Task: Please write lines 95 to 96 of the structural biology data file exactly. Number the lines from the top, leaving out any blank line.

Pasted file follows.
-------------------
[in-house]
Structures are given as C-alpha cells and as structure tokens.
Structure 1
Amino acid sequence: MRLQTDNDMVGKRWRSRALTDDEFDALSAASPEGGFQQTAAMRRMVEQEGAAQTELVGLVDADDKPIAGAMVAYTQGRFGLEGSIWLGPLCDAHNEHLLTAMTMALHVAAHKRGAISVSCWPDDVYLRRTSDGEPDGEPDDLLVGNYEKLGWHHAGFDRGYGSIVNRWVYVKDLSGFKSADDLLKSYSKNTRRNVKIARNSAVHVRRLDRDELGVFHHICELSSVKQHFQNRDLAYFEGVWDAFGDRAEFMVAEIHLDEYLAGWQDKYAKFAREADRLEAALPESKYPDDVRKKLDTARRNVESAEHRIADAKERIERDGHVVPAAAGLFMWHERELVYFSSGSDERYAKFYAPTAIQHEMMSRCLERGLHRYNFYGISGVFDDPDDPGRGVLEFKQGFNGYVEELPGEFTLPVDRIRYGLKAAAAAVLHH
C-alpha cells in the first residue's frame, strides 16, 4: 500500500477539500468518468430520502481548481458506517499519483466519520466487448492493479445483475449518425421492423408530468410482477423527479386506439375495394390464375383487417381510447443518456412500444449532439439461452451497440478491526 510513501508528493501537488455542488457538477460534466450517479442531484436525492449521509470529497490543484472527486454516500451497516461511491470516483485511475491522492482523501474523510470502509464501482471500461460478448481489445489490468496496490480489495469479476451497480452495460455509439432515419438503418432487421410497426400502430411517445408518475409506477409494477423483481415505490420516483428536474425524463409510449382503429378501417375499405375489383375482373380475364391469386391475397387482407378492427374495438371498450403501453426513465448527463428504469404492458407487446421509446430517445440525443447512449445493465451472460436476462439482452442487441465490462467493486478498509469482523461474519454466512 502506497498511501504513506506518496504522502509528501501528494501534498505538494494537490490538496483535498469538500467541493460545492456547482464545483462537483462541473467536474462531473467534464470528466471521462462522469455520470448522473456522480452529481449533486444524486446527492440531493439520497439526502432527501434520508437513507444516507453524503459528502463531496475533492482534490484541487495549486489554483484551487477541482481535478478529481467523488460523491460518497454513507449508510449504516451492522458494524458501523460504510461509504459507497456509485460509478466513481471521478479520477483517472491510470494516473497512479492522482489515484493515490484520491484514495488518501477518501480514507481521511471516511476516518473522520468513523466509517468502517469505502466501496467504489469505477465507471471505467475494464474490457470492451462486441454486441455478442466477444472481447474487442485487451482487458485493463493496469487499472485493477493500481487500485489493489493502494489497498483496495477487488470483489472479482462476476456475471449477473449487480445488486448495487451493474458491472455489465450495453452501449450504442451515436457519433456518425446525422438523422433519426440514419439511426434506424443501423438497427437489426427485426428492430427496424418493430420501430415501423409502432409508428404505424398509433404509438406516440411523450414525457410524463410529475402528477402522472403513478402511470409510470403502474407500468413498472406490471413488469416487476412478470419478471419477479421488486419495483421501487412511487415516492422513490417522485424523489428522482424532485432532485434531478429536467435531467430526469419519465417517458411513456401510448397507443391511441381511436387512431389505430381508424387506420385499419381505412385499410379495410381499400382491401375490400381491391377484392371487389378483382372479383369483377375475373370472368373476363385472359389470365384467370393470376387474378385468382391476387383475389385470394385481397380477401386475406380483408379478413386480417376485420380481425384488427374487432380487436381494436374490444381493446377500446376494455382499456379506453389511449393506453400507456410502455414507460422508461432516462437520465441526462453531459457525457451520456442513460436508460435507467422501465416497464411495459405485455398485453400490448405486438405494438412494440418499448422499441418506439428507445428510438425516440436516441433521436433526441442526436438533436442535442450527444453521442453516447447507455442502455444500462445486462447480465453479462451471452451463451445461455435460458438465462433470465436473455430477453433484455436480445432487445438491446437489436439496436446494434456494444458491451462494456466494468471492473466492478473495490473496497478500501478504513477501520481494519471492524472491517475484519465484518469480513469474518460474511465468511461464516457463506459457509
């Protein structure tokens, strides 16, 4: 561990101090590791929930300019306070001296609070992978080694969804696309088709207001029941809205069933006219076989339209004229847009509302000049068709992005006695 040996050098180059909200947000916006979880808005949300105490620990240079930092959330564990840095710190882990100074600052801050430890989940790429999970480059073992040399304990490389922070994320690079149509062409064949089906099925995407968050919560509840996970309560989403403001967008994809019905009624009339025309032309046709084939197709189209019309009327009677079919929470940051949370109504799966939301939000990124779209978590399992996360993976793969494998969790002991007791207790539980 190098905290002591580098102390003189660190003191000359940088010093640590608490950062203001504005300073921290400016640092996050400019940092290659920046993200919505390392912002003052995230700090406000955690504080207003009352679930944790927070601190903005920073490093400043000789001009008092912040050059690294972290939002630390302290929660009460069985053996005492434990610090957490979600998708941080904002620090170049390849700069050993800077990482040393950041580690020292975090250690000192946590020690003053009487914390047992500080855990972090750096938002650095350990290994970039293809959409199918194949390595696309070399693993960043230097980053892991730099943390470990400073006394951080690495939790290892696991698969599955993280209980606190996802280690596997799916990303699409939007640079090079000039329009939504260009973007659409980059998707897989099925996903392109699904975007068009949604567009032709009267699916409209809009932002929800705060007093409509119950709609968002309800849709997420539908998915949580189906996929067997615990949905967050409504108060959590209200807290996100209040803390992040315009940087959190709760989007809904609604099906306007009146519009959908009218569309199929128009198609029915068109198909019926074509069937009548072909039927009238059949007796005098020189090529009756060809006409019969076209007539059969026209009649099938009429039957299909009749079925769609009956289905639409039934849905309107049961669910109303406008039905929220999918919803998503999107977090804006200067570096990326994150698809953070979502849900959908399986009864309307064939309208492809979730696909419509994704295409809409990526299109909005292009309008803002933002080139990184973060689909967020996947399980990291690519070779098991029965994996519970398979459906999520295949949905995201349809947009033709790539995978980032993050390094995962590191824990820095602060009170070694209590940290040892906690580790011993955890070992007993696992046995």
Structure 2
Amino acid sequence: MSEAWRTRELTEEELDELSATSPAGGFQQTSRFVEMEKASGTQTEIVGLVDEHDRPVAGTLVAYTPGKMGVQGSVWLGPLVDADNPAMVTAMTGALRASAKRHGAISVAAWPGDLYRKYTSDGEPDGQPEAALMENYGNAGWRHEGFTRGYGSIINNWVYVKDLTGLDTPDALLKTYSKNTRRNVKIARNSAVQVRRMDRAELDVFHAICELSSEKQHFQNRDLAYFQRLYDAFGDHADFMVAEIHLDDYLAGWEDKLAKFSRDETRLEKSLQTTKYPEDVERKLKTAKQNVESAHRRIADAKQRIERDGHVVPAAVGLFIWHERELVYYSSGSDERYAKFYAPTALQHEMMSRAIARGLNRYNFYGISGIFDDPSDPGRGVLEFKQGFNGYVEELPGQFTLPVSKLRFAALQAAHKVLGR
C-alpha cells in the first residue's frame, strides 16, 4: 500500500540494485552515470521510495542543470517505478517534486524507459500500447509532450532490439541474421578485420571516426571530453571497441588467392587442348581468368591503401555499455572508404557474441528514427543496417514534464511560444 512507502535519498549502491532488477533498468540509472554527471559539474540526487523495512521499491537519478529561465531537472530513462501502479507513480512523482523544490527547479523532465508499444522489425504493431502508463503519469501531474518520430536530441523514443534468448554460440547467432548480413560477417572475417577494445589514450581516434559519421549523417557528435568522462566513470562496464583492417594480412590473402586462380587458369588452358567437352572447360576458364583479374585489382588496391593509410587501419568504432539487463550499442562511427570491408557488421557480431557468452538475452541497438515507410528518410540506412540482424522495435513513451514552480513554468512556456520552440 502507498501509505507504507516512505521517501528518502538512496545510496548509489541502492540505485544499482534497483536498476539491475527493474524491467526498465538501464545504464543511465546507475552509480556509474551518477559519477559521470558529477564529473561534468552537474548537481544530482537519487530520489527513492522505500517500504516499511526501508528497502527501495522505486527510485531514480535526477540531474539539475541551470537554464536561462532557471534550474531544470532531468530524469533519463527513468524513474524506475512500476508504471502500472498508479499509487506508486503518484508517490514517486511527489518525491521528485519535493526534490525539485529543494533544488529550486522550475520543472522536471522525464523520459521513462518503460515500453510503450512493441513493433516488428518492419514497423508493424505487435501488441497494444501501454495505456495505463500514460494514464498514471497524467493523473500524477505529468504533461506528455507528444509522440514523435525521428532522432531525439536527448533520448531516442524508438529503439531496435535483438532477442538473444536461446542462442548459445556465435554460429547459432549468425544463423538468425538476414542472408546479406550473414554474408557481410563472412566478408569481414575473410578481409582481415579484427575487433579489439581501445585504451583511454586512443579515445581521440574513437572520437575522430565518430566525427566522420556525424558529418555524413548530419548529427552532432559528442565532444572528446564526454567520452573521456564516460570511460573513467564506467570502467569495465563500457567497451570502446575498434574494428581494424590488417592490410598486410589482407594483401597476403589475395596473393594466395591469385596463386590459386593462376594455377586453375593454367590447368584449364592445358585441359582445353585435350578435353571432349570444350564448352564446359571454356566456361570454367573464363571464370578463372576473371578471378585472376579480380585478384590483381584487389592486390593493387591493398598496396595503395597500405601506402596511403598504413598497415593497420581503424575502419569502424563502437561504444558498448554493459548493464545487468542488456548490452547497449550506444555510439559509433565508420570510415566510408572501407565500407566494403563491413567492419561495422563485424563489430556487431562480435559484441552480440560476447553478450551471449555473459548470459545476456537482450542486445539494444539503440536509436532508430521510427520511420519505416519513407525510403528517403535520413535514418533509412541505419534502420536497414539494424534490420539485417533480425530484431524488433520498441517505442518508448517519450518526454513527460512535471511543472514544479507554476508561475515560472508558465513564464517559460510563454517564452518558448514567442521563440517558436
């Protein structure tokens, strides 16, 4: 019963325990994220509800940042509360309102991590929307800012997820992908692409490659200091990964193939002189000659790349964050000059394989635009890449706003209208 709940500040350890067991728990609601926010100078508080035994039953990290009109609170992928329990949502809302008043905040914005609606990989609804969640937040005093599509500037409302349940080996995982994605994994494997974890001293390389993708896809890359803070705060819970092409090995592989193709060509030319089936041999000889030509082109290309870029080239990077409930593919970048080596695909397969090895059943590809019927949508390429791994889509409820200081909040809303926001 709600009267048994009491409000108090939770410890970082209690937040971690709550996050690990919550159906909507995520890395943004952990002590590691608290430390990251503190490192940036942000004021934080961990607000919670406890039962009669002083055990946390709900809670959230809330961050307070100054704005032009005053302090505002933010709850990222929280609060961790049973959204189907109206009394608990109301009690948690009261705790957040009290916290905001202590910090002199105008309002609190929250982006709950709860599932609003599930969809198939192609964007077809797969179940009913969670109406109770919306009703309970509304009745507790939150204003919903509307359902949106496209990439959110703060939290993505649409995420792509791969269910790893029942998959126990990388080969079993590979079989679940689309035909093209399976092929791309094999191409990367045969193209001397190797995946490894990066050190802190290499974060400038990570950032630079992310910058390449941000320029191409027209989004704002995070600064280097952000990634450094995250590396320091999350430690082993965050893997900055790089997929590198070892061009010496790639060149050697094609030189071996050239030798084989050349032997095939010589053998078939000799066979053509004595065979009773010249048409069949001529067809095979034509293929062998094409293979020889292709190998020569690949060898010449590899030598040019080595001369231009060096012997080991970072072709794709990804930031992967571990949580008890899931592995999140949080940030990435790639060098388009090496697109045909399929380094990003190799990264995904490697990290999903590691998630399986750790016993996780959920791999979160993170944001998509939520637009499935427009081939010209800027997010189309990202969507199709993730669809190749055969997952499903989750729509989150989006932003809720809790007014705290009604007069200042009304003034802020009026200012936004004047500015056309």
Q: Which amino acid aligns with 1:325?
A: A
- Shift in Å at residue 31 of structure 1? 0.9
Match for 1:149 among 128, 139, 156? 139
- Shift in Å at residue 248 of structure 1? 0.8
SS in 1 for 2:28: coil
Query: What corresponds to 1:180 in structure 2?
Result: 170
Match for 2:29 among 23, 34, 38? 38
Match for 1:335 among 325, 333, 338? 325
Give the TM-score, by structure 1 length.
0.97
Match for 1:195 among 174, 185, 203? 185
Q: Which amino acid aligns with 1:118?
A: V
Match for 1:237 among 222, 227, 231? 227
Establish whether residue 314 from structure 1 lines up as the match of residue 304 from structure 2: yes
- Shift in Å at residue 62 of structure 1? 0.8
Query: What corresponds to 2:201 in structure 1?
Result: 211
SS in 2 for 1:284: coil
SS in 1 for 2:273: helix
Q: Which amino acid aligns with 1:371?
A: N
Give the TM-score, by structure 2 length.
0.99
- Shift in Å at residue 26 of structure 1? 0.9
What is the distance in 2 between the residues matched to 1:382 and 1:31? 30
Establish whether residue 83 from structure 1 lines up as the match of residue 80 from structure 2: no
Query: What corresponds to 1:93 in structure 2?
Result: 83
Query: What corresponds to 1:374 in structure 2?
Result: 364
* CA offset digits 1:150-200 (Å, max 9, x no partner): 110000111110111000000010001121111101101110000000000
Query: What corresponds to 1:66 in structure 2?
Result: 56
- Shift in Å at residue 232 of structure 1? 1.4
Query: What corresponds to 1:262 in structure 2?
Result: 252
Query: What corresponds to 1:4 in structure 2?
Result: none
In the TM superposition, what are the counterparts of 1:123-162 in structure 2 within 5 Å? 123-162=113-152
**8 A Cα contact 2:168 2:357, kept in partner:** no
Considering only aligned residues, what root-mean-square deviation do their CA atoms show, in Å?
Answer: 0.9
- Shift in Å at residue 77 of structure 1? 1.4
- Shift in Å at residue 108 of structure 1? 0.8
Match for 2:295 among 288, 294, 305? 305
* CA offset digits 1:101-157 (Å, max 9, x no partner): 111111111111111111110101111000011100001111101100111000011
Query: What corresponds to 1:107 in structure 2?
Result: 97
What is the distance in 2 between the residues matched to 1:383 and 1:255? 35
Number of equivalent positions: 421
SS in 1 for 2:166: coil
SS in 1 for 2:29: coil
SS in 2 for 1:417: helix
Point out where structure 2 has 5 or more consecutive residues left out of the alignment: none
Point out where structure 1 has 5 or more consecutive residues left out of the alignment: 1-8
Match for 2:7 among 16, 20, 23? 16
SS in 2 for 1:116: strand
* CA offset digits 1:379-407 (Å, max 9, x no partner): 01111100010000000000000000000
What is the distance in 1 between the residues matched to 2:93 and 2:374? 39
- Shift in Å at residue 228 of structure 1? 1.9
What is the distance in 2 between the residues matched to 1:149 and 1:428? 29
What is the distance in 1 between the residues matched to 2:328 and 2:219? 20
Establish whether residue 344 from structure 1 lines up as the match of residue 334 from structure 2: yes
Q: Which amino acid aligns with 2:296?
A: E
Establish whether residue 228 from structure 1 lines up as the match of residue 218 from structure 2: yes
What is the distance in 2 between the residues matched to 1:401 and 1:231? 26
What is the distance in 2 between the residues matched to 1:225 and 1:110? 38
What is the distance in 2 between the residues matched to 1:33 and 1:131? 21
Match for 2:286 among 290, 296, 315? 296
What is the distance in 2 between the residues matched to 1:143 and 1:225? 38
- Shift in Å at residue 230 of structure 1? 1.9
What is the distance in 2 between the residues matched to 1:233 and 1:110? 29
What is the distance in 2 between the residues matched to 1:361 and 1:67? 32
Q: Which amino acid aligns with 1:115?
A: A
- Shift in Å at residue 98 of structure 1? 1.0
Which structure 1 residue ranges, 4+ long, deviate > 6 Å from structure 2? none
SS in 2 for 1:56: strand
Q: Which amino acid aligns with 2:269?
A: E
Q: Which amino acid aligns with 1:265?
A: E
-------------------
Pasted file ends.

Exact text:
Q: Which amino acid aligns with 1:265?
A: E